Native American Indian jewelry (also spelled jewellery) has a history dating back thousands of years. Tribes stretching from the southwest to the northeast have a rich history of jewelry making. These indigenous American peoples jewelry consist of all types including bracelets, necklaces, earrings and rings; and are made from
numerous materials including turquoise, bone, precious stones, semi-precious stones, silver, antlers, porcupine quills, and copper.
Today there are still many Native American artists who handcraft both men's jewelry and women's jewelry many of which can be found for sale online. The below
information on Native American jewelry includes interesting facts about why it was made, what main materials have traditionally been used, and why turquoise is so
popular. The format is kid-friendly and easily readable for all ages.
Native American Indian Jewelry History
There is evidence as far back as 8,800 BC that the Paleo-Indians shaped stones and shells into jewelry pieces by using a thin stone drill.
The main reason American Indians wore jewelry was, as it is today, for adornment. It was also used to signify social class.
Although jewelry styles varied from tribe to tribe, major differences were not common since both the finished product and the materials used for making the jewelry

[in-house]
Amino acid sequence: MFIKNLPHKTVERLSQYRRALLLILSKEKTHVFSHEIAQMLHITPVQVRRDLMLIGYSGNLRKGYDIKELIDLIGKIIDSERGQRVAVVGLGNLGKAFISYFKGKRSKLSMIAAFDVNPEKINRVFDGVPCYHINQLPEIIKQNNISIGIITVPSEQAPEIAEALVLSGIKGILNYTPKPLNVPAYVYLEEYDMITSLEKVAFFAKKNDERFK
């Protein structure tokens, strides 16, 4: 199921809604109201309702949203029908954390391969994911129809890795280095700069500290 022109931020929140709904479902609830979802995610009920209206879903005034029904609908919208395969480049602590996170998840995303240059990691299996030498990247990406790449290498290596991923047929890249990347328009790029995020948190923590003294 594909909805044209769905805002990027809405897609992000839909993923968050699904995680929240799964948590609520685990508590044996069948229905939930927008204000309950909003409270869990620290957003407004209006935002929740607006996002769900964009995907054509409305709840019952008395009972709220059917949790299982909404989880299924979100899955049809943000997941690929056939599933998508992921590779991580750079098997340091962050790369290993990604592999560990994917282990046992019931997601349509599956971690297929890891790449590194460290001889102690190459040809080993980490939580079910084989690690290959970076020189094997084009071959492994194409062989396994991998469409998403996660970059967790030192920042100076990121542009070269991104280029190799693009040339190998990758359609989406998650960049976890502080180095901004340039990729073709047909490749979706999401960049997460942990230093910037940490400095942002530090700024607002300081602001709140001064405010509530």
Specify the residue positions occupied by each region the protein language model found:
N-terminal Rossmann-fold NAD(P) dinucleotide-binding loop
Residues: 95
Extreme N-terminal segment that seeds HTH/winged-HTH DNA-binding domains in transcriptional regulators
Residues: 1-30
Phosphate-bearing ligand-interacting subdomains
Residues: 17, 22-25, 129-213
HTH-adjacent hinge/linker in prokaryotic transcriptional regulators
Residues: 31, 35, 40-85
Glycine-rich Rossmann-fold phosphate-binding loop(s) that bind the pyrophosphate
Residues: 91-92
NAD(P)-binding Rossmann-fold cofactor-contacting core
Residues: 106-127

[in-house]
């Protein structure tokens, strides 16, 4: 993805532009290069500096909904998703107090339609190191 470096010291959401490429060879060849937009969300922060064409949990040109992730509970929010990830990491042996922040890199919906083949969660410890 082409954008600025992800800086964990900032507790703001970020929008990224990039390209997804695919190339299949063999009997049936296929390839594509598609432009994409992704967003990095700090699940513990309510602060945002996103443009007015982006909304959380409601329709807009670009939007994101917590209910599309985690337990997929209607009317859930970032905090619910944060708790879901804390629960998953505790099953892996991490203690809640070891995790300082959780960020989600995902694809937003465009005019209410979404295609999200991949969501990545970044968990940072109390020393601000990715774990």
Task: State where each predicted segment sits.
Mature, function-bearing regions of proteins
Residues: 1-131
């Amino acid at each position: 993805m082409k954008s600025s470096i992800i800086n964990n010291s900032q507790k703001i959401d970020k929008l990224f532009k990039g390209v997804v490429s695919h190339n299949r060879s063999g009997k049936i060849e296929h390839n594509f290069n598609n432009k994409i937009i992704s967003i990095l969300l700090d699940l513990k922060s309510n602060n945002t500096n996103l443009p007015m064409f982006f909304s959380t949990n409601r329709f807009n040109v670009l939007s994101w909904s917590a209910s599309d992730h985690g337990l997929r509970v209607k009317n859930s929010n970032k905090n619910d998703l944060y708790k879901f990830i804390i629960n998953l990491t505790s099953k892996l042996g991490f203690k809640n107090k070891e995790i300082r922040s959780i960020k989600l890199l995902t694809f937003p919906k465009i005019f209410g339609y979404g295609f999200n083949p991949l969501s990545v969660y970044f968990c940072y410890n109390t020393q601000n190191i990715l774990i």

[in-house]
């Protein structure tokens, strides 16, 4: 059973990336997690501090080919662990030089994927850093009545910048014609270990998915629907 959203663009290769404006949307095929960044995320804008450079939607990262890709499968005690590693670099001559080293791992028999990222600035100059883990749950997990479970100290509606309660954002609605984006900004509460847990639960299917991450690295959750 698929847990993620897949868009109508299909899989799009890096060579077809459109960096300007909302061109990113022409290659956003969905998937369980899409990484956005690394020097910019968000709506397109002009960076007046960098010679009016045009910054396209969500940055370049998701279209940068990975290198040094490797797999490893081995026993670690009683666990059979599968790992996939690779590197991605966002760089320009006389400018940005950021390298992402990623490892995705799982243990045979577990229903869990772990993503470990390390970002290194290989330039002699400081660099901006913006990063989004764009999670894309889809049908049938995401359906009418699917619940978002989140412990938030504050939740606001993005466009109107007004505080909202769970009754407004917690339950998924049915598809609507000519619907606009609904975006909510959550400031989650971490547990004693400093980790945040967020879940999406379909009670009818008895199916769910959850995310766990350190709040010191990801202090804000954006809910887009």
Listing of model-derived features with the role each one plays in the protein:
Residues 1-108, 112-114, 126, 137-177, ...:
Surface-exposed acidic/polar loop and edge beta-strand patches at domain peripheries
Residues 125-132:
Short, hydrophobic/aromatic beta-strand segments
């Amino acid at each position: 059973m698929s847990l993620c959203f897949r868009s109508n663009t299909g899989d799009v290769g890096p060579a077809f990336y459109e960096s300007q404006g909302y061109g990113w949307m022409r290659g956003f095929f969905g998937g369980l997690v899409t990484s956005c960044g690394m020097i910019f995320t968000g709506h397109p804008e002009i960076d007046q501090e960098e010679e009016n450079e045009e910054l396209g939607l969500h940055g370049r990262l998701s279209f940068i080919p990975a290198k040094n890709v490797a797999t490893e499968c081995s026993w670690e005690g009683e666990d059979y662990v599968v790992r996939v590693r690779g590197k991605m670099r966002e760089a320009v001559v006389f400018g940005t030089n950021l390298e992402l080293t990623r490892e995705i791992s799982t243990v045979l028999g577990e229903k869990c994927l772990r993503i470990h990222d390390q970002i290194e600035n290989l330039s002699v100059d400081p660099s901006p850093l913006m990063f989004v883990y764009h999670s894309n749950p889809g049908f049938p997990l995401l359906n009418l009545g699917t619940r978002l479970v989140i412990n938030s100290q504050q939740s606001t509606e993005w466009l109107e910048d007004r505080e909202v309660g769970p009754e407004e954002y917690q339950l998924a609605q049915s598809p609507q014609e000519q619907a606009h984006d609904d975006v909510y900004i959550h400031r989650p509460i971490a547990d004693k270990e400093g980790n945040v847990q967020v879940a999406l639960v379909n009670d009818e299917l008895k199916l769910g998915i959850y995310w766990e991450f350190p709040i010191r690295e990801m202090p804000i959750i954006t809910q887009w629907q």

were important intertribal trade items.
It is a little known fact that the American Indians actually learned silversmithing from the Spanish in the 1850s. Many people assume it is an ancient American
art form. Once they mastered the art of silversmithing, many Southwest tribes were able to move to a more merchant based society.
When Europeans began arriving in America in the 1500's, Native Americans began incorporating the beads they brought over into their jewelry.
Around 1900 AD, Native American Indian craftsmen of the southwest began selling their silver and turquoise jewelry to tourists who had begun flocking to the
Native American Indian Jewelry Materials
Turquoise has long been a dominant material in southwestern Native American jewelry. Representing the sky and known as
the "fallen sky stone", turquoise was believed to have life-giving powers and was cherished for its spiritual connection to Mother Earth.
Semi-precious and precious stones were often used in Native American jewelry making; these included Turquoise, Garnets, Charoite, and gaspeite stones.
Copper was a popular metal for Native American jewelry pieces before the art of silversmithing was learned. Copper was popular among the Cherokee who had villages
near copper mines.
Bead jewelry is deeply rooted in Indian culture. It was often used as a means of representing social classes.
It was common for Native Americans to use parts from animals to make jewelry. They would often use bones, teeth and even animal hide in creating their
Native Americans commonly used tendons of animals and plant fibers to string beads together.
Native American Indians used marine shells such as oyster, conch and clam to ground into beads, while mother of pearl stones were used as adornment.
Native American Indians would soak and then string porcupine quills together to make elegant necklaces, chokers and other jewelry. Unfortunately, the art of
quill jewelry among Native Americans is declining.
Today, some Native American Indian artists also incorporate machine made materials, such as steel and titanium, as well
as processed stones into their jewelry.